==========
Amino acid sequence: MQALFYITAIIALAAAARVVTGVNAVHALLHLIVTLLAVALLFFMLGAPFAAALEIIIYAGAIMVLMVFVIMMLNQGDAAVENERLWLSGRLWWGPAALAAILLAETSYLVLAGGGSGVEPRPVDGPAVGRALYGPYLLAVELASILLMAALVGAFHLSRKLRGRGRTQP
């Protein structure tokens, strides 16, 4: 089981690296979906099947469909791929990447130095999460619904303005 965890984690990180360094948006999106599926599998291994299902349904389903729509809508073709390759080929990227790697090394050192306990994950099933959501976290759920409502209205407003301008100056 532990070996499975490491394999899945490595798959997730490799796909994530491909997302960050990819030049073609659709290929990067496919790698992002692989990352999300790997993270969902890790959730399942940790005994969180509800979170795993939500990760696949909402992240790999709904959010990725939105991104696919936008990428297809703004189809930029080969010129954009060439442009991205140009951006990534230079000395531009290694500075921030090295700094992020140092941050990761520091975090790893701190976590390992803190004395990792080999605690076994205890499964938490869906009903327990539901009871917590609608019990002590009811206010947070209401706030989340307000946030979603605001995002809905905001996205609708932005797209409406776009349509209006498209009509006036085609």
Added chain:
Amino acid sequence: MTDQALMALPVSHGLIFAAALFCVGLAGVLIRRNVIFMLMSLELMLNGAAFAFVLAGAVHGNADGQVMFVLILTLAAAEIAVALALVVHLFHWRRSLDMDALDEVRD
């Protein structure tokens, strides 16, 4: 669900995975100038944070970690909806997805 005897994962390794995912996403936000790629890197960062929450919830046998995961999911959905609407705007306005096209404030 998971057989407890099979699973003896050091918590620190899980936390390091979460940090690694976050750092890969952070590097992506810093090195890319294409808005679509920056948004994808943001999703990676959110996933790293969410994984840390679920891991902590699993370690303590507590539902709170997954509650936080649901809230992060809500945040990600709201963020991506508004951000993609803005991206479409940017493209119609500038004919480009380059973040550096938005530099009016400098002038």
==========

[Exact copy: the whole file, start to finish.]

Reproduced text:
Amino acid sequence: MQALFYITAIIALAAAARVVTGVNAVHALLHLIVTLLAVALLFFMLGAPFAAALEIIIYAGAIMVLMVFVIMMLNQGDAAVENERLWLSGRLWWGPAALAAILLAETSYLVLAGGGSGVEPRPVDGPAVGRALYGPYLLAVELASILLMAALVGAFHLSRKLRGRGRTQP
């Protein structure tokens, strides 16, 4: 089981690296979906099947469909791929990447130095999460619904303005 965890984690990180360094948006999106599926599998291994299902349904389903729509809508073709390759080929990227790697090394050192306990994950099933959501976290759920409502209205407003301008100056 532990070996499975490491394999899945490595798959997730490799796909994530491909997302960050990819030049073609659709290929990067496919790698992002692989990352999300790997993270969902890790959730399942940790005994969180509800979170795993939500990760696949909402992240790999709904959010990725939105991104696919936008990428297809703004189809930029080969010129954009060439442009991205140009951006990534230079000395531009290694500075921030090295700094992020140092941050990761520091975090790893701190976590390992803190004395990792080999605690076994205890499964938490869906009903327990539901009871917590609608019990002590009811206010947070209401706030989340307000946030979603605001995002809905905001996205609708932005797209409406776009349509209006498209009509006036085609």
Added chain:
Amino acid sequence: MTDQALMALPVSHGLIFAAALFCVGLAGVLIRRNVIFMLMSLELMLNGAAFAFVLAGAVHGNADGQVMFVLILTLAAAEIAVALALVVHLFHWRRSLDMDALDEVRD
């Protein structure tokens, strides 16, 4: 669900995975100038944070970690909806997805 005897994962390794995912996403936000790629890197960062929450919830046998995961999911959905609407705007306005096209404030 998971057989407890099979699973003896050091918590620190899980936390390091979460940090690694976050750092890969952070590097992506810093090195890319294409808005679509920056948004994808943001999703990676959110996933790293969410994984840390679920891991902590699993370690303590507590539902709170997954509650936080649901809230992060809500945040990600709201963020991506508004951000993609803005991206479409940017493209119609500038004919480009380059973040550096938005530099009016400098002038």